Furthest Right

The kindergarten teacher


Most of us experience our first introduction to the adult world on the first day of school. They usher us into a big room, collect supplies that they will redistribute to others, and teach us the fundamental principle of adulthood: everyone must all get along.

This mentality — unassailable because it means well — shows us where adult life goes wrong. As children, we do not want to all get along. We see where others are wrong according to us and seek to avoid them. That approach is honest. Adults substitute dishonesty for this honesty and insist that, for the sake of those who are in charge, we must see ourselves as a big group and include everyone. And if any child deviates, retaliation occurs quickly with the intent to humiliate, subjugate and re-shape the personality of that child.

“We all must get along” says to us that as individuals, our choices do not matter; what matters is our ability to compromise. This eliminates strong belief and shapes children like putty into a mass of averages which are easy for teachers to control. Further, this takes social focus away from “what is the right answer” to “what answer will keep everyone pacified.” The process from there becomes systematic: punish the outliers, bribe everyone else, keep order so that if the principal goes by, it looks like this teacher has a handle on things.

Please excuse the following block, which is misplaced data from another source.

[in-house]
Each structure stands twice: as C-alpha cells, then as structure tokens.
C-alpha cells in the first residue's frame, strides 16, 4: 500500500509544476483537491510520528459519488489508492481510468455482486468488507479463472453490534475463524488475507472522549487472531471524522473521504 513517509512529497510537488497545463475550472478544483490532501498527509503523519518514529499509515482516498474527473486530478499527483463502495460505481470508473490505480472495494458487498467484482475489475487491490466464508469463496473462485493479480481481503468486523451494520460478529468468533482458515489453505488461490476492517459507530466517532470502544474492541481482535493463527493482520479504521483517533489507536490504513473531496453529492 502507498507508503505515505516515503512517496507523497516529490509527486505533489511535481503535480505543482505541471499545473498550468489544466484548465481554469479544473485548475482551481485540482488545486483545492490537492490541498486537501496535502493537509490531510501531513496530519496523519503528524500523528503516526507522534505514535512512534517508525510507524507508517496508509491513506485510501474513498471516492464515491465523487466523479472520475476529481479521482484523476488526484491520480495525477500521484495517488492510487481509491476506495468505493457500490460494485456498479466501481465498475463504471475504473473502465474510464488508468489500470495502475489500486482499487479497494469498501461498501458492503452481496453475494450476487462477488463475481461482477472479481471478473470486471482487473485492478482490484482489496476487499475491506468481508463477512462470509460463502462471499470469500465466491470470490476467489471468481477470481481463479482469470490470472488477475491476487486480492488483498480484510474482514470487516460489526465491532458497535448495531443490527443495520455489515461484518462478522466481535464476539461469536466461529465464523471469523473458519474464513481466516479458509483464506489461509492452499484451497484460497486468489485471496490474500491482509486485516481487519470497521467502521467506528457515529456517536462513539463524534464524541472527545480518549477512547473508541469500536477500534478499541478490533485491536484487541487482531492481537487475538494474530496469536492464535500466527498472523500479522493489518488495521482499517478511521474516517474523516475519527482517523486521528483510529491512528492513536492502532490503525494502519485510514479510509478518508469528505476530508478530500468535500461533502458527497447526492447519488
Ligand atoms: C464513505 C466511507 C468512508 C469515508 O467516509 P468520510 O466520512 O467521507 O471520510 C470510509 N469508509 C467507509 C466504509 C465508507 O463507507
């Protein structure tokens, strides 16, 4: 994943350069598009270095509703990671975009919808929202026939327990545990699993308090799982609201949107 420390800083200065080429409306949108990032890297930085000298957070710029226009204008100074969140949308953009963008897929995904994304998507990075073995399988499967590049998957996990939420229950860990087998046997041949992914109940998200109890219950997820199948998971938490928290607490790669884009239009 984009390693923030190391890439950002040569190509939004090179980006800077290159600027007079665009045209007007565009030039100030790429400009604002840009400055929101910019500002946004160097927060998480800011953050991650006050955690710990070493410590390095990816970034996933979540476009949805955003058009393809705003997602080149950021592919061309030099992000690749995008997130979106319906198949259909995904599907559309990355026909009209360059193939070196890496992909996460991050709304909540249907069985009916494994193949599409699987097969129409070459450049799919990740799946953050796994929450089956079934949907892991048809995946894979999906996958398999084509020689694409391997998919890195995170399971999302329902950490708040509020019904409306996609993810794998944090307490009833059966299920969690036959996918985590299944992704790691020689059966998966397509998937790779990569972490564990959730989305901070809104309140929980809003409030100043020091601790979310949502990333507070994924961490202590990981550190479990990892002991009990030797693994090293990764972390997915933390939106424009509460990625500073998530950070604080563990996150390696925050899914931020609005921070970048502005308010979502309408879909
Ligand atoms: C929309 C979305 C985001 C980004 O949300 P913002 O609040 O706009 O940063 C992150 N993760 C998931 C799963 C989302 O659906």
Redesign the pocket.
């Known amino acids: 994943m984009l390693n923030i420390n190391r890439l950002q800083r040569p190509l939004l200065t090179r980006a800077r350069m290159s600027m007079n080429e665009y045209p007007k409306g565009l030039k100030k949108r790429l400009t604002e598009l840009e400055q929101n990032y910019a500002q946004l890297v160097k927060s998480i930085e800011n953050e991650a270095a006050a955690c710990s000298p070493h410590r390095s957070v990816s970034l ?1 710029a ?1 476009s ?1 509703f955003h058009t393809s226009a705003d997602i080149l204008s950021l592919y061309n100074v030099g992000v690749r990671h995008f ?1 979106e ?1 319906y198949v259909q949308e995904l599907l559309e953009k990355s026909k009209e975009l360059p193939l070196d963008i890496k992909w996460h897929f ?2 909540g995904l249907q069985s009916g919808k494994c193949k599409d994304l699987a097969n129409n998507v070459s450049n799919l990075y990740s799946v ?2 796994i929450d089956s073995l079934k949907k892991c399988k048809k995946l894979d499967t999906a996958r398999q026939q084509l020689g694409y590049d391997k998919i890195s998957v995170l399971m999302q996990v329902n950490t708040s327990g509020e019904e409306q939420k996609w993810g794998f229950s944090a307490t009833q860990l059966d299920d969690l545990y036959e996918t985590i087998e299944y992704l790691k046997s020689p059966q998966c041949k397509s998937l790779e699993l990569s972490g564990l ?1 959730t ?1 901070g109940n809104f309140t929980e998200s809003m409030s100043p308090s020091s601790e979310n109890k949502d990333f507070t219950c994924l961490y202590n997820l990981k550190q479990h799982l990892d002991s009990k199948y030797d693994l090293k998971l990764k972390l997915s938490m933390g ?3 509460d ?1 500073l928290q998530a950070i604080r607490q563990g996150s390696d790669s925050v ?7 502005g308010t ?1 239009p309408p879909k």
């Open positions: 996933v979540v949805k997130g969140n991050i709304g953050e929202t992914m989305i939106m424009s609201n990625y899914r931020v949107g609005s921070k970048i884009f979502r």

Sure, an exceptional teacher could try another method. But if that method is not the official one, and something goes wrong, that teacher is sunk. Destroyed. Whereas a teacher who conforms, goes by the book, and eliminates dissent will be rewarded. Humanity in this view resembles a giant mountain of clay men, each trying to pound others down so that he may gain a few feet of vertical space.

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